Croatia Has Still Not Received Slovenia’s Lawsuit in Ljubljanska Banka Case

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Slovenia has allegedly filed a lawsuit against Croatia at the European Court of Human Rights.

The Office of the Croatian Representative at the European Court of Human Rights announced on Friday that it had not yet received a suit that had been filed by Slovenia against Croatia in order to collect Ljubljanska Banka’s claims from Croatian companies, reports HRT on September 16, 2016.

“In accordance with the Convention for the Protection of Human Rights and Fundamental Freedoms and the Rules of Court, the European Court will, if and when it receives the Slovenian lawsuit, first decide whether it is permissible, and then whether it is founded. Croatia will have the opportunity to comment on Slovenia’s allegations after the European Court forwards the suit”, announced the Office.

The European Court has so far considered three cases related to the Ljubljanska Banka case: Kovačić v. Slovenia, which was stopped after the plaintiffs received their claims during the proceedings; Ališić v. Bosnia and Herzegovina, Croatia, Serbia, Slovenia and Macedonia, where the Court established the responsibility of Slovenia for return of the so-called “old foreign currency savings” of Ljubljanska Banka to depositors outside Slovenia; and the case of Ljubljanska Banka v. Croatia, which was dismissed after it was found inadmissible, announced the Office.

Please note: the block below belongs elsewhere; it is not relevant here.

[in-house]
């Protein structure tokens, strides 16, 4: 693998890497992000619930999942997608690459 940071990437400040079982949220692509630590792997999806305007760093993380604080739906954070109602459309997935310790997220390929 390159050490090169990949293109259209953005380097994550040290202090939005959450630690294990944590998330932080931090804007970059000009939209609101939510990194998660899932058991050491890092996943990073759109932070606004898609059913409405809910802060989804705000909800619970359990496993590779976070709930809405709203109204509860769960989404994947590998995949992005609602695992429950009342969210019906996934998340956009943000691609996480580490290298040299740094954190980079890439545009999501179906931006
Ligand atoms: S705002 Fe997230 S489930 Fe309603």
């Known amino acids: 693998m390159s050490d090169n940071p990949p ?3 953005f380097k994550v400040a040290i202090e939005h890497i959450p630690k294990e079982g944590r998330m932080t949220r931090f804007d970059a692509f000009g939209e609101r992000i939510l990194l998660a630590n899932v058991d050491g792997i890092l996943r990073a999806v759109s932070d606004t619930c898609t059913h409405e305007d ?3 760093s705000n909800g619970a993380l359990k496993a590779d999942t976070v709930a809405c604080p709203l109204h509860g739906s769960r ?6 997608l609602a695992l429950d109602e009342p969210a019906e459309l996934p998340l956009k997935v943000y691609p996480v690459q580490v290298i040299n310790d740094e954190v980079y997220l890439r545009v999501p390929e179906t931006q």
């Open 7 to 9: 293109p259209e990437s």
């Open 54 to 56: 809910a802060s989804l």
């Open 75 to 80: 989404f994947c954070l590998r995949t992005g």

The possibility of a lawsuit against Croatia was mentioned last year by Slovenian Prime Minister Miro Cerar because the Court made a ruling which forced Slovenia to start paying out savings deposited at Ljubljanska Banka by depositors from Croatia and Bosnia. According to Slovenian analysts, with this new lawsuit Slovenia wants to prove that Croatia has systematically violated the rights of the former Ljubljanska Banka branch in Zagreb and is demanding compensation worth 360 million euros. However, according to the media, one the reasons for the lawsuit could be an attempt to reach a settlement with the mediation of the court.

Slovenian banking expert France Arhar, who is also a former central bank governor, said that the main problem was the fact that depositors of Ljubljanska Banka had won their case against the bank at the European Court of Human Rights, while on the other hand Ljubljanska Banka cannot force Croatian companies to pay their debts. “I hope that the new government in Croatia will have a different approach to this issue. It would be very positive if we could find a normal business solution”, said Arhar, who did not rule out the possibility of a settlement between the two sides.


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